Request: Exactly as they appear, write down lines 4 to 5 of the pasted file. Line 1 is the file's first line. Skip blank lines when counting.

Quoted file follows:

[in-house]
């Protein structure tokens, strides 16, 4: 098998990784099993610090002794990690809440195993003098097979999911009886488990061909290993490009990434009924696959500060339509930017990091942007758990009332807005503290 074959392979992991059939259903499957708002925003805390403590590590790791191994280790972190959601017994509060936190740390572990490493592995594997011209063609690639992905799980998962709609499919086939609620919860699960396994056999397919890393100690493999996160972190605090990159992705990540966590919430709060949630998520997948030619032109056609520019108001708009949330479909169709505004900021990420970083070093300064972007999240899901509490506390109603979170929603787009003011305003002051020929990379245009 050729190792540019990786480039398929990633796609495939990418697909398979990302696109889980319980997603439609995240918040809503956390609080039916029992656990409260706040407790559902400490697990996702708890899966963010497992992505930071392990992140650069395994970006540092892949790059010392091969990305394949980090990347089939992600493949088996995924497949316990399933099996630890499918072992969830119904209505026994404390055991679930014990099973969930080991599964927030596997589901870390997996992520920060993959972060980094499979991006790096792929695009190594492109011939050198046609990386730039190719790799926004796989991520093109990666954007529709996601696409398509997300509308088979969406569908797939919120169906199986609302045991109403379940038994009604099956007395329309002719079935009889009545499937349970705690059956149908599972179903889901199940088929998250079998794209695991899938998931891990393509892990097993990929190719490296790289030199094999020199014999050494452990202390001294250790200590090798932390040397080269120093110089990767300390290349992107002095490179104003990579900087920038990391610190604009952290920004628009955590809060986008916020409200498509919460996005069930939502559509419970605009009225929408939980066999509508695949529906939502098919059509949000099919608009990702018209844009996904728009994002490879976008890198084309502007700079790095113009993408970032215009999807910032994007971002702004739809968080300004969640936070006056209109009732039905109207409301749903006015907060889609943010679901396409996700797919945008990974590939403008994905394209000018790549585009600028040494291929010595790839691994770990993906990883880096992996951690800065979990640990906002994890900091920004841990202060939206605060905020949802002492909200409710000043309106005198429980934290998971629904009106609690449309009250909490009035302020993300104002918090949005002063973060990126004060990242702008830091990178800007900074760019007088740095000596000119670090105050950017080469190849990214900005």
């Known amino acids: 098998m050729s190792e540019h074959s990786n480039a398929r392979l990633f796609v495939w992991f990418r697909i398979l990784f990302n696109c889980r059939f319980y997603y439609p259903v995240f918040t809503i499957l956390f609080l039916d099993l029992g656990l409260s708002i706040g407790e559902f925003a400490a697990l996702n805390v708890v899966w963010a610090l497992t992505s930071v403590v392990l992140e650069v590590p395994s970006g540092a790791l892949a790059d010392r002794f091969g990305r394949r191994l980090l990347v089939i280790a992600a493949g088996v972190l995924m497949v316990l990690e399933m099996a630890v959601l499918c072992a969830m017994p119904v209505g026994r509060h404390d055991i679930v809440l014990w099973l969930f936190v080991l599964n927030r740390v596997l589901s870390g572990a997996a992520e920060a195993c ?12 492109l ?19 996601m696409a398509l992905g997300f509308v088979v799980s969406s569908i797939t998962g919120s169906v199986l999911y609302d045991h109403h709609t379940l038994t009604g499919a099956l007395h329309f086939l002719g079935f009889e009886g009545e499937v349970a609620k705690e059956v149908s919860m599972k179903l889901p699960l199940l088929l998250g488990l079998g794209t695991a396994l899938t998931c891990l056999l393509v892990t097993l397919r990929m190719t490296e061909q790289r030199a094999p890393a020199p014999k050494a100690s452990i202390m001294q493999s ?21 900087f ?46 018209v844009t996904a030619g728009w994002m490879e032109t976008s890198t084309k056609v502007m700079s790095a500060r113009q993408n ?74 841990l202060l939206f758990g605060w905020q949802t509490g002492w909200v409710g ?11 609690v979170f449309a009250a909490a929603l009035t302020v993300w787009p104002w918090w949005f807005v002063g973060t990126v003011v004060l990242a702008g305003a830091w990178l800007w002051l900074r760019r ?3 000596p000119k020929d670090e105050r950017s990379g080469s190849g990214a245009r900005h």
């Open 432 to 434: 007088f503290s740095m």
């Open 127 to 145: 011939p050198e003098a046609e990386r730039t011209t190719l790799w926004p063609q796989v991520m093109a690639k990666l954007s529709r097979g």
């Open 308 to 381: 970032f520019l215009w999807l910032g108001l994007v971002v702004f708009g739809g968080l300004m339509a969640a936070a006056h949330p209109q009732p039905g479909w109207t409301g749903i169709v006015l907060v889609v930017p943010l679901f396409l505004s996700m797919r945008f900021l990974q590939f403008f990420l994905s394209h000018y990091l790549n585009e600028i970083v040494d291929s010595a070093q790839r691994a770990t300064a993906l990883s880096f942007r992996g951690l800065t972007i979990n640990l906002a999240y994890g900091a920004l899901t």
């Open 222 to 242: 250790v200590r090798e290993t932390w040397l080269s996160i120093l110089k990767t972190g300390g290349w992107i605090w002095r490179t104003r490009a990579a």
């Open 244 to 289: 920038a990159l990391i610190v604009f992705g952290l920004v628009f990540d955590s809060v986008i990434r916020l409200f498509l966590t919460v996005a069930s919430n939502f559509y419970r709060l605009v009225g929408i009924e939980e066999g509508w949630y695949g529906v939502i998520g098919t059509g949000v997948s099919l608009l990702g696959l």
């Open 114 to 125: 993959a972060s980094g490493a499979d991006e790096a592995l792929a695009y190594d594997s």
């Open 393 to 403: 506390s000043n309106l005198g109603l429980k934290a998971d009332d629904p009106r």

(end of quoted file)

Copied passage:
């Open 432 to 434: 007088f503290s740095m």
């Open 127 to 145: 011939p050198e003098a046609e990386r730039t011209t190719l790799w926004p063609q796989v991520m093109a690639k990666l954007s529709r097979g």